“I’ll shoot it like “The Girl”" Tony Scott said.
We were walking out of a meeting in Malibu where Tony was pitching himself to direct the movie, Top Gun.
Midway through the pitch, Tony had fallen asleep.
We were at the house of Ned Tanen, Paramount’s Studio Chief, on Channel Road.
The producers for the movie, Don SImpson and Jerry Bruckheimer were lagging behind in the house, trying to convince Ned that Tony’s falling asleep was due to jet lag. Tony had just gotten off the plane from London and went right to Ned’s house for the meeting.
I was the executive for Paramount accountable for the production.
We had been to 38 directors for the movie.
Everyone had passed.
We had the biggest new star in the world, Tom Cruise , hot off of Risky Business, attached.
Still, no one in Hollywood had wanted to do it.
We were now looking under any rock — including Ausssie and British directors (not that there was anything wrong with that).
“I’ll shoot it like ‘The girl’!” he said again to me.
He was now suddenly awake.
“Huh?” I replied, trying to figure out who could direct Top Gun, because this British sleeper-loser was not going to.
“Listen, mate. It’s never been done. I’ll shoot the jets, the air carrier and even Tom — I’ll shoot the whole bloody thing like it was the ultimate woman — the girl of our fantasies.”
Ah, I thought. The girl.
The girl. The high-flying girl. The movie girl. She seldom had a name — but she was the ultimate puzzle piece to the hero’s desire — the trickster, the temptress, the lover, the prize
“I dunno, Tony. Isn’t that the way you shot The Hunger ?”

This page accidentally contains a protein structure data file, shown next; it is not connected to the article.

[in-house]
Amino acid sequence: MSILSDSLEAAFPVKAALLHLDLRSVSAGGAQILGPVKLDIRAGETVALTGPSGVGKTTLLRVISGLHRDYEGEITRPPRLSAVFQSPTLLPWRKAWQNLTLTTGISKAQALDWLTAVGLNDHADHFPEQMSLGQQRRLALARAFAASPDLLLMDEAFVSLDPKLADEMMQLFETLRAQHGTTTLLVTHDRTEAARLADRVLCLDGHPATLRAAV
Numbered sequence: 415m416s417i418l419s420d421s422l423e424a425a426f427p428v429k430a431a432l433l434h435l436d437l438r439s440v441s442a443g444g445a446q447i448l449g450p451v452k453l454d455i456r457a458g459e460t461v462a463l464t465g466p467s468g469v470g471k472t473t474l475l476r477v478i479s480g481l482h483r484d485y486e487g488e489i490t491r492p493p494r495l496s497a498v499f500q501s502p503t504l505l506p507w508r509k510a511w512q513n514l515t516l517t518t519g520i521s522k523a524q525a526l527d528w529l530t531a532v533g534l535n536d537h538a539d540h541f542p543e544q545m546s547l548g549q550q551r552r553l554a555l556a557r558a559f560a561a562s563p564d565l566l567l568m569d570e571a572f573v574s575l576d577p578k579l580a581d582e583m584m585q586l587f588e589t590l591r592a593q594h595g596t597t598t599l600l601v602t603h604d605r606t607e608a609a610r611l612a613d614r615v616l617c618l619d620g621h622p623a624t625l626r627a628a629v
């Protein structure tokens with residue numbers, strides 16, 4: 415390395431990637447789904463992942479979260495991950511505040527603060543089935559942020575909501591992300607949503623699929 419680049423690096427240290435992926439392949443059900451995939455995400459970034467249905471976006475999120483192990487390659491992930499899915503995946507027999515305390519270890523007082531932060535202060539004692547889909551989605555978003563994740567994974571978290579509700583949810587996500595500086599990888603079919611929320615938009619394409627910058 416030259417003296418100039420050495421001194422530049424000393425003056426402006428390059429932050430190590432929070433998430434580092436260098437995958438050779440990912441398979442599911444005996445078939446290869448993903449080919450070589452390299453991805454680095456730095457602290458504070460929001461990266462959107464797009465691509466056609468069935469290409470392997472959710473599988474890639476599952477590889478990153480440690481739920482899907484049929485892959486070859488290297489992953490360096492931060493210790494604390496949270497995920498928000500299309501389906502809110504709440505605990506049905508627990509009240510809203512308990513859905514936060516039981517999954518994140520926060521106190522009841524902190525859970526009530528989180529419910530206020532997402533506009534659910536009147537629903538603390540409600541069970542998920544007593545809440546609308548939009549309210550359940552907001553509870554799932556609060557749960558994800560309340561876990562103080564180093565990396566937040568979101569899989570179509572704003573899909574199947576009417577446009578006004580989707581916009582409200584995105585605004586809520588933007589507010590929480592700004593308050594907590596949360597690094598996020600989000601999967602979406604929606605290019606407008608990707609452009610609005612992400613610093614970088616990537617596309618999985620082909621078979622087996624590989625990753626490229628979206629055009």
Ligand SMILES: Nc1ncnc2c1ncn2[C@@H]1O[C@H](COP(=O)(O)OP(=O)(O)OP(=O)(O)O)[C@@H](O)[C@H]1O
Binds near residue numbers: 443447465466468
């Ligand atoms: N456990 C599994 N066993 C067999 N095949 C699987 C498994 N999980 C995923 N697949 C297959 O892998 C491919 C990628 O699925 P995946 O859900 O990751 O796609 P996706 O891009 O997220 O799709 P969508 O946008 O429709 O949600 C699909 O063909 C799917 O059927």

When we got to the car, he took my shoulders and jerked me towards him.
We were staring at one another, face to face.
He was wearing a baseball cap and his eyes were shimmering.
The afternoon Malibu sun was blinding…but I could see the stress and the tears in his eyes. The Hunger, was a bomb. He hadn’t worked in three years.
“Give me this chance, mate. I will promise I will not let you down.”
Even though I did not know him and I hated the Hunger, his tears and purity of heart moved me.
His desperation became my desperation.
Suddenly, we were brothers.
Tony Scott can do that to you.
He got in the limo.
I laughed to myself. He was asleep again as I closed the door.
Stricken by Tony’s desperation, I went back into Ned’s house where there was lots of screaming and yelling.
“You can’t find a g— d— director to save this g—d— turkey script.” Ned was screaming. We called those rants “his green pea soup days”.
As I came into the room, Ned saw me.
“Well?” Ned shouted. “Are you going to let this guy with narcolepsy direct?”
“It’s not my decision.”
“Yes it is. It’s your ass, my friend.” Ned said.
I was a pip-squeak at the bottom of the Paramount hierarchy.
I looked at Don Simpson and Jerry Bruckheimer. Don had his shades on in the house. It was clear that they wanted Tony to direct it.
I took a deep breath.
“I’m going to look at The Hunger again tonight and then talk to Tony and the guys in the morning.”
“Okay,” Ned said, surprised that I had taken his bait. He looked at me with his furrowed brow.
“What did he say to you?”
I didn’t tell him. I did not want to set him off into green-pea-soup land. I would keep the secret.
“He was tired,” I said.
That was all.
That night I watched The Hunger again. The storytelling was just awful. There were no master-shots so you never knew where you were. Lots of fire-engine-red lipstick and camosole bras amidst the neck-sucking vampires. I had nightmares that night but I kept seeing Tony.
He was a light amidst the dark soul-snatching creatures of the night….
We met in the morning at the hotel….to be continued.
Tom Cruise’s makeover …the casting of Kelly McGillis over Demi Mooore…forcing Tony to pay for air freighter fuel…Tony shopping for bed sheets…Tony’s firing from the film, my fist-fight with Ned Tanen and a pending trumped-up lawsuit. In six parts….
Note: Like countless others who share this grief, I’ve had trouble making sense of a world suddenly without Tony Scott. These stories on Top Gun are, I suppose, a cathartic way to work through the inherent sadness of his passing. I apologize in advance to anyone who thinks these stories might be untimely.
Latest posts by David Paul Kirkpatrick (see all)
- Speaking to Kids About Santa Claus: Margaret Mead and Joseph Campbell Weigh In - December 21, 2014
- Merlin – TheWork In Progress - October 9, 2014
- Lincoln: When Mom Broke into the White House - October 2, 2014